Dubai. Part two. Skyscrapers of Dubai

In Dubai, there are two main complexes of skyscrapers. The first one is located next to Burj Khalifa, surrounding it, and extends in a uniform corridor on both sides of Sheikh Zayed Road — the city’s main transportation artery.

Burj Khalifa is the tallest building in the world. Its height reaches 828 meters. It is said that during the construction of the tower, its height was kept secret to prevent anyone from accidentally building a taller structure. However, in Saudi Arabia, there are plans to surpass Dubai’s achievement and exceed a kilometer in height by constructing the Royal Tower in the city of Jeddah.

Burj Khalifa

The city has a lot of open-air skyscrapers. Many of them have observation decks with bars. Café and bar on the rooftop of the Four Points Building. Free entry.

View from the tower.

Swimming pool in the neighboring building.


Old town. Here, mainly Pakistani workers live.


The sun sets behind the Persian Gulf.

The lights turn on.

Nearby, there is the Shangri-La Tower, with a fitness center located on the top floor. Similarly, you can freely go up to the last floor and ask the trainer working there to take a photo of Burj Khalifa. The staff in Dubai is kind and responsive; here, a European service culture has already been established. They allow entry without any problems.

From the tower, there is a nice view of the interchange and Burj Khalifa.

Not all towers have restaurants, but it’s not a problem. The roofs of most skyscrapers are accessible. You can simply take the elevator to the top floor, exit onto the fire escape, and walk up to the top to access the rooftop through the door.

Next to Burj Dubai Metro, there is the Al Hikma Tower, where the roof of the first building is open. In the 50-story skyscraper, only half of the floors are currently open, so I had to climb the stairs from the 21st floor. Twice. In the morning and in the evening. But the view was worth it.

The roof is purely technical, with a high parapet and rails for crane movement along the entire perimeter.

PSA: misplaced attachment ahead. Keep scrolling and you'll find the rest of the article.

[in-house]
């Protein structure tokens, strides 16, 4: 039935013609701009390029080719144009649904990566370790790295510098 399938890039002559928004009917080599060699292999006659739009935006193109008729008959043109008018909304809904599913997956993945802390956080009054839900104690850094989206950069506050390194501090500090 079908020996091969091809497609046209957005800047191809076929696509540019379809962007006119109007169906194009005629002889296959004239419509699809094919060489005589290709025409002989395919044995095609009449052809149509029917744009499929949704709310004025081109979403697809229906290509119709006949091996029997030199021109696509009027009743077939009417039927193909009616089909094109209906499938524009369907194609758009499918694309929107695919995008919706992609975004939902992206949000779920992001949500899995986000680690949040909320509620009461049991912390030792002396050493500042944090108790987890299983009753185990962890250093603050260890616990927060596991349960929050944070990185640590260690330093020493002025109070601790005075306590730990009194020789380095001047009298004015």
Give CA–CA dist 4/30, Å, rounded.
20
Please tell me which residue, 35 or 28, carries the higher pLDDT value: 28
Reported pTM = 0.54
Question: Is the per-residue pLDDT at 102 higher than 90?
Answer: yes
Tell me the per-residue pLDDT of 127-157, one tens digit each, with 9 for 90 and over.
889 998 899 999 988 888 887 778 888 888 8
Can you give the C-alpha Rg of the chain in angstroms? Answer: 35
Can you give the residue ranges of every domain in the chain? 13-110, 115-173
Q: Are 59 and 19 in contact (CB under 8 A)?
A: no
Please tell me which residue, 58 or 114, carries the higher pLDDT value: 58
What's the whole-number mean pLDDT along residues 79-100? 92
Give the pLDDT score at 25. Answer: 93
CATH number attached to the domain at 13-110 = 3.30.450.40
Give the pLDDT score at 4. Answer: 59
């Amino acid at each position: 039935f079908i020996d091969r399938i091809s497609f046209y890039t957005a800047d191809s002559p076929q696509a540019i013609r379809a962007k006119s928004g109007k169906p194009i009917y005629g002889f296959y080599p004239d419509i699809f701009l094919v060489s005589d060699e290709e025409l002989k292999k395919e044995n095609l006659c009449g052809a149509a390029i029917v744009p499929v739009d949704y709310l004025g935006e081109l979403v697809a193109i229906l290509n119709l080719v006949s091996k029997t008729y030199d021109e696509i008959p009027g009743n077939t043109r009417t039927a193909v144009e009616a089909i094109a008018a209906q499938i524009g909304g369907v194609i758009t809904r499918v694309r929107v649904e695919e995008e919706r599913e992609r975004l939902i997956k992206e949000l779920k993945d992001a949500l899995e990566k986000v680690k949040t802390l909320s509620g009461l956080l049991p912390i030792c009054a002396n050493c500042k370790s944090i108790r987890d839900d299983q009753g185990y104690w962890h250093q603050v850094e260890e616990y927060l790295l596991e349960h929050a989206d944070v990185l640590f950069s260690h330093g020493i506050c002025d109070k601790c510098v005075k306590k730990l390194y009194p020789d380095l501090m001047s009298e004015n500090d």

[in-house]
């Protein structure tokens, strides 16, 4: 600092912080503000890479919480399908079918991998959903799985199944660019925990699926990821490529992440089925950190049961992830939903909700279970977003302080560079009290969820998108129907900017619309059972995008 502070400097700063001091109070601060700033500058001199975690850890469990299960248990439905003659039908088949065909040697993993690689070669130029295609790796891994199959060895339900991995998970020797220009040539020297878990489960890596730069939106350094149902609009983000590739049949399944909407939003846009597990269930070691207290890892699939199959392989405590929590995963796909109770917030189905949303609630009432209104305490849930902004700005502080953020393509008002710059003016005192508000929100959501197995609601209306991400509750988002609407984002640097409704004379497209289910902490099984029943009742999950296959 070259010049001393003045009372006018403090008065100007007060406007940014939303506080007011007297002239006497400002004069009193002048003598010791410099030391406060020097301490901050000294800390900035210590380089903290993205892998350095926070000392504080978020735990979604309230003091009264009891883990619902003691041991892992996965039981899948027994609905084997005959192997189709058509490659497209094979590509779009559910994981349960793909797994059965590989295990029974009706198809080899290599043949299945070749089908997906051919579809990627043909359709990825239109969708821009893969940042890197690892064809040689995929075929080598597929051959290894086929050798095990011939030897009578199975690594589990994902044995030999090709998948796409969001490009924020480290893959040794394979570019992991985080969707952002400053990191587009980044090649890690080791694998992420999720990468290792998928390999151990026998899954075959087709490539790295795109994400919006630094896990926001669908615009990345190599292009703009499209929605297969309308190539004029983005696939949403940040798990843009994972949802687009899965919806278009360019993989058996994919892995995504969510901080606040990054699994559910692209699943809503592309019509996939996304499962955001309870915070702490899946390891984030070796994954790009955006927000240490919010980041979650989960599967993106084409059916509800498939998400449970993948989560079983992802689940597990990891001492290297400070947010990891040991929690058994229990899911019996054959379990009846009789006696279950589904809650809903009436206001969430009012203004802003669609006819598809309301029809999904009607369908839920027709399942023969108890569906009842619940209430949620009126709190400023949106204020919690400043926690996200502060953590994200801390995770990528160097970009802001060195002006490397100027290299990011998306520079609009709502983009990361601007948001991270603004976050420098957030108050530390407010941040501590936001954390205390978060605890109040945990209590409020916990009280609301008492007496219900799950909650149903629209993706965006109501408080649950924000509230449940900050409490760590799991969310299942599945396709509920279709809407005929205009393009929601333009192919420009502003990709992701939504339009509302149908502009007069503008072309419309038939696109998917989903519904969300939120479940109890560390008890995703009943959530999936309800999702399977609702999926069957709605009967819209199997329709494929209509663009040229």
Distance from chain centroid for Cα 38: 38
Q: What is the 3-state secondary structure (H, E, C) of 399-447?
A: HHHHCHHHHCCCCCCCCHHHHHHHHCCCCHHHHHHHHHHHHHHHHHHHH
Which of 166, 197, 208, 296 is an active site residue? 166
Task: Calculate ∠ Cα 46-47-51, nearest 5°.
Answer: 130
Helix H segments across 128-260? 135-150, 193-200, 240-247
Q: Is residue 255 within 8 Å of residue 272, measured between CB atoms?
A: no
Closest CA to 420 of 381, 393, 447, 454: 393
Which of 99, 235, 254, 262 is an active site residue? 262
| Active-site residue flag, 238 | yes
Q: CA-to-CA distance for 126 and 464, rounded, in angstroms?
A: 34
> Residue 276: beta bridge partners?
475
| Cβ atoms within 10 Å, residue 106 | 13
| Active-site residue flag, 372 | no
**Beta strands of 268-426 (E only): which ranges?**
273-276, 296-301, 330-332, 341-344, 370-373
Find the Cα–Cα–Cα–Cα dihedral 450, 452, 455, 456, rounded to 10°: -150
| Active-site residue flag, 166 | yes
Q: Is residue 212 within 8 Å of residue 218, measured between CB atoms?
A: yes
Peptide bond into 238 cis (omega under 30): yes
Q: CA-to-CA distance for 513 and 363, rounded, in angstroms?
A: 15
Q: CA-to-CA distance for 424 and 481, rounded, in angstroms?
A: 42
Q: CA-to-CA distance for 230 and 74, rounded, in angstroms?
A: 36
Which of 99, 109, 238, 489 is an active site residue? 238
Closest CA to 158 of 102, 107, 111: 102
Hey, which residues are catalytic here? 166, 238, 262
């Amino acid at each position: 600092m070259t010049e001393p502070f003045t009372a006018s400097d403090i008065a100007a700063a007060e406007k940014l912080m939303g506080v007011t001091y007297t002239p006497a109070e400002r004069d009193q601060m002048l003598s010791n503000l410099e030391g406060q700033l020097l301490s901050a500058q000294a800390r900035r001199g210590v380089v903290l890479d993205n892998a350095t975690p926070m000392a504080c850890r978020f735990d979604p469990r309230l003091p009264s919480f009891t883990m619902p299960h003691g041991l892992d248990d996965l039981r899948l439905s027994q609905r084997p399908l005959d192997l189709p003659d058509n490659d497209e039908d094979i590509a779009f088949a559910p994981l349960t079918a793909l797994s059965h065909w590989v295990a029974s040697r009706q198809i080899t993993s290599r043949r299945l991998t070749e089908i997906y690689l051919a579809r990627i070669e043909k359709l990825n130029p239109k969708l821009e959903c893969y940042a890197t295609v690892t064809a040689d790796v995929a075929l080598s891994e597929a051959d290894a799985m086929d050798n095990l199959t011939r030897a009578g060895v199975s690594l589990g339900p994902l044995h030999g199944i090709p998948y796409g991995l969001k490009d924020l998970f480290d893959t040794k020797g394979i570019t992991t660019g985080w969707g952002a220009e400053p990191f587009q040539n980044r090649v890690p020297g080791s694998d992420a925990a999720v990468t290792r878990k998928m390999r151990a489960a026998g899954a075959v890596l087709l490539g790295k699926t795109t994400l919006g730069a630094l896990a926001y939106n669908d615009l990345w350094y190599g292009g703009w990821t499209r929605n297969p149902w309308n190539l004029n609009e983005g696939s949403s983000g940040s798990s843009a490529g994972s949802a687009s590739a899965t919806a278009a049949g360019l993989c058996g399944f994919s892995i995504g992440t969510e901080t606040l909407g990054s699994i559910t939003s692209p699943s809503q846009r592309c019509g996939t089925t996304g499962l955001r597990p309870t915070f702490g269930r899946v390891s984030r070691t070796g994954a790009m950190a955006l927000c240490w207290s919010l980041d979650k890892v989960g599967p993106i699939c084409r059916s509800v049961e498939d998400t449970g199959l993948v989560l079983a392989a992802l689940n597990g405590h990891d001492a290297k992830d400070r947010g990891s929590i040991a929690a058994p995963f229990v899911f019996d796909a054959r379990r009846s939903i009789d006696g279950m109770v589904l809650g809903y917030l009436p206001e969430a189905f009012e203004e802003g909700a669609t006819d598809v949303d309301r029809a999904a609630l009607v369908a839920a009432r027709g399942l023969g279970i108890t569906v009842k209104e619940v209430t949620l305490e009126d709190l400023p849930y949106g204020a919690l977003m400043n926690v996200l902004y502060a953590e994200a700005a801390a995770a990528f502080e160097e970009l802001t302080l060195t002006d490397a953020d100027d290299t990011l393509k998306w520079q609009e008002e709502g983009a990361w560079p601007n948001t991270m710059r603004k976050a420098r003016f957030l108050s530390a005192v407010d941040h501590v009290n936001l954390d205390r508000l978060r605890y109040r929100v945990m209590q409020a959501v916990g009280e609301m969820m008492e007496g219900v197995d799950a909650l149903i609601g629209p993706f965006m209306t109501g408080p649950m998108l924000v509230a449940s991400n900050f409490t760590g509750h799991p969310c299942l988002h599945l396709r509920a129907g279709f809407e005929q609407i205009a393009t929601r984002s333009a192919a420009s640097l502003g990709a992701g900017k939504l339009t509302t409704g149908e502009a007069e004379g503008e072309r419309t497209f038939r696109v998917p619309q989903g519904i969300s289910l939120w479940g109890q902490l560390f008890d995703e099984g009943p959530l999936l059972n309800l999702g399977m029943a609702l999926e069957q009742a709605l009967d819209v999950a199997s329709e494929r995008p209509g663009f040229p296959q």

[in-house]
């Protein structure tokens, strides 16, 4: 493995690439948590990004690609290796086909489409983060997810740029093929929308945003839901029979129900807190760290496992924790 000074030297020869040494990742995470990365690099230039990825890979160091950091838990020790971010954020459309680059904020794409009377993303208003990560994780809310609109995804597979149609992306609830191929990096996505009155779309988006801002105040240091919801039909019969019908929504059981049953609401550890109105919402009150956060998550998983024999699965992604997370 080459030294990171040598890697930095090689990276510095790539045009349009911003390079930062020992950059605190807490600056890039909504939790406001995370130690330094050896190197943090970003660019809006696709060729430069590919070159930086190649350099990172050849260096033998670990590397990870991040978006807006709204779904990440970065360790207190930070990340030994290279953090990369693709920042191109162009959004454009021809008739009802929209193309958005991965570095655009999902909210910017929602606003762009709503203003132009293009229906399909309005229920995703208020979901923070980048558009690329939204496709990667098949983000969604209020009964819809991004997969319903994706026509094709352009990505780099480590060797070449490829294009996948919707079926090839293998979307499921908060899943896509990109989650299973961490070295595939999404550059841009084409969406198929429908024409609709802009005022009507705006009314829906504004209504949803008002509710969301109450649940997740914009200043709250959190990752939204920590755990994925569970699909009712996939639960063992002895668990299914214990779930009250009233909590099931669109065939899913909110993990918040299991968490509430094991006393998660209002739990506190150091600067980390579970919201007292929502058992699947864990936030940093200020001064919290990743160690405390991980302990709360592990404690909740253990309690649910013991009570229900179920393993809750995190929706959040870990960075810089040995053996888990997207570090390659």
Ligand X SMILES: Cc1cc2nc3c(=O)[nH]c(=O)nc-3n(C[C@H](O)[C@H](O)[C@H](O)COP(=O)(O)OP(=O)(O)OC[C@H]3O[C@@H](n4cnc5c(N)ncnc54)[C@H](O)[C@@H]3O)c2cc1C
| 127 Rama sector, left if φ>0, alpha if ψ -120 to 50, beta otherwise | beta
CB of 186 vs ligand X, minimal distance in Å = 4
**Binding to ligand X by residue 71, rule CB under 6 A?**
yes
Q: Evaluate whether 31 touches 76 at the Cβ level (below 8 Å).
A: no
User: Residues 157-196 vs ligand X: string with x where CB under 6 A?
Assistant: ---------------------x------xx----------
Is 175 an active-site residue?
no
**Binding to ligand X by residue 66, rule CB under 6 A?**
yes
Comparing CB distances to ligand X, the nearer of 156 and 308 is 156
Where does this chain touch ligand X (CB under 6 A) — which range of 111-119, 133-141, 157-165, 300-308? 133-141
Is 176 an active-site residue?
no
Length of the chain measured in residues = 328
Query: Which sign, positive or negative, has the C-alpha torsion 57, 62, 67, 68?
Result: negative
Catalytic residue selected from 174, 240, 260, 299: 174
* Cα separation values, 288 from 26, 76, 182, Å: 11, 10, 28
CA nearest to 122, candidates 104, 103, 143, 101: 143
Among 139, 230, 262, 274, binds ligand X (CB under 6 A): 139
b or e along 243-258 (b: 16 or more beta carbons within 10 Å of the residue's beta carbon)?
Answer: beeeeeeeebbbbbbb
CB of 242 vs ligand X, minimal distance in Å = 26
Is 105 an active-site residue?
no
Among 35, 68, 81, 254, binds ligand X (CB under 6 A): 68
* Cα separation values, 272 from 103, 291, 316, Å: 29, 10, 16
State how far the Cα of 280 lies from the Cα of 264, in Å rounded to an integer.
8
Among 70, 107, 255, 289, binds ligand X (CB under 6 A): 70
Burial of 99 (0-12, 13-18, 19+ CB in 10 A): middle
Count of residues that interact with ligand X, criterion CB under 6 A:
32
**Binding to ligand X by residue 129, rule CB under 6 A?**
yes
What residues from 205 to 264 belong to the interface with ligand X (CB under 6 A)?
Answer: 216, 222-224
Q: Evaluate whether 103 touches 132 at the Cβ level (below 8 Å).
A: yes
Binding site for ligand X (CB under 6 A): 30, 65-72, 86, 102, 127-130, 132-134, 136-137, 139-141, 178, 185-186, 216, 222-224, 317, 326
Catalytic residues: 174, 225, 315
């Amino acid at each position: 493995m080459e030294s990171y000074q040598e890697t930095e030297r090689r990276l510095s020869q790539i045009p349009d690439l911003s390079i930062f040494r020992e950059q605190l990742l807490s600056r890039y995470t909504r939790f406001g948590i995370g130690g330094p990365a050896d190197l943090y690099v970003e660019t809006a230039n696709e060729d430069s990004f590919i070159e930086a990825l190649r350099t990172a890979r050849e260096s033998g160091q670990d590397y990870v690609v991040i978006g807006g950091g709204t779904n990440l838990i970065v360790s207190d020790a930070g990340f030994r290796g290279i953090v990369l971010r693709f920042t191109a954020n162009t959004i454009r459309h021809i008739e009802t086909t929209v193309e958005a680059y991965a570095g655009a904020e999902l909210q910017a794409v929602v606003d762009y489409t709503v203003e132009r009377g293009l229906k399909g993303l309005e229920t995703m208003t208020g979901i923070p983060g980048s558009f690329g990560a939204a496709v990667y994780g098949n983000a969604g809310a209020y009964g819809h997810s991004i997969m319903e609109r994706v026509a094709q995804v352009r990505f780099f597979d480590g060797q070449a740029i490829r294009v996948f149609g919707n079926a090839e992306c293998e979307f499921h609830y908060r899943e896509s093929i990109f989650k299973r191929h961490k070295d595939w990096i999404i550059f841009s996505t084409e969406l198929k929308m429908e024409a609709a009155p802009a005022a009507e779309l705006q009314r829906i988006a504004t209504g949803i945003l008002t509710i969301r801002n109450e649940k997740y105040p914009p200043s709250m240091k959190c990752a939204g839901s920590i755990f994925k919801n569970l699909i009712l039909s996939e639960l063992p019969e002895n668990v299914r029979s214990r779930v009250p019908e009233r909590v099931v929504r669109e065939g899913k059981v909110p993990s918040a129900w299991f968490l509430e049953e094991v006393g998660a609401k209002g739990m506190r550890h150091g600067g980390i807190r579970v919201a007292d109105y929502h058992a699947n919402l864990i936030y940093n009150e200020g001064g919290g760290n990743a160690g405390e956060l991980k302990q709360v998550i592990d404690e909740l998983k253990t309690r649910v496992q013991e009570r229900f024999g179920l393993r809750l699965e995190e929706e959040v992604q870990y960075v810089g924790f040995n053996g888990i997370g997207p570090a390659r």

There was a small ladder on the roof, which I brazenly took, placed it against the parapet, set up a tripod on it, pointed it towards Burj Khalifa, and started waiting for the sunset.

A Pakistani man comes out. It seems like he didn’t notice me. He entered the elevator room. I quickly jumped off the parapet and hid around the corner. I thought, should I leave before he sees me? No way, I came here to capture the sunset, and I don’t have another free day. I hung my belongings on the door handle so that he wouldn’t accidentally lock it, climbed back onto the parapet, and continued shooting.

After half an hour, the Pakistani man came out of the elevator and saw me. And I saw him. We looked at each other, and I waved my hand, saying, “Hello!” He smiled back and replied, “Hello.” After some fumbling, he approached me while I was sitting on the ledge with my tripod, and we engaged in a rather pleasant conversation:

“Are you taking photos?”
“Yeah. The view from here is unreal.”
“Awesome. Did you inform the security?”
“Mmm... no.”
“Uh, how come?” — Surprise appears on his face.
“Well, I didn’t think about it. Can I stay here? If not, I’ll immediately climb down and leave.”
“Hmm. No, it’s fine. Go ahead and shoot.”
“How long will you be here?”
“About an hour.”
“Alright. Be careful.”
“Yes, I will. Thank you. Have a good evening!”
“You too.”

The workers here don’t care about anything. Probably even the security would have let me in if I had asked. What restrictions could there be in a city with an absolute minimum of crimes and crazy drivers on the roads? No one even thinks about protecting the rooftop of a skyscraper.

Panorama of Burj Khalifa and the surrounding skyscrapers. Mostly these are hotels.

In the distance, a sail gleams — the most luxurious seven-star hotel.

Artificial islands can be seen in the sea in the distance. All these intricacies with landfills shaped like palms and continents are due to the straight coastline. The housing by the sea is the most expensive, and Dubai’s coastline is completely straight, so there is limited natural shoreline. It necessitates the creation of artificial structures.

Glass block.

Next to the Khalifa, there is an artificial canal that transforms into a water show every half hour, known as the singing fountains.

Skyscrapers on Sheikh Zayed Highway at night. A black vein amidst golden roads is the metro.

Night in the old town.

Dubai Marina

The second complex of skyscrapers. A large yacht marina. Elite high-rises are located along the banks of an artificial waterway.

Small boats.

At night.

View of Dubai Marina from Palm Jumeirah.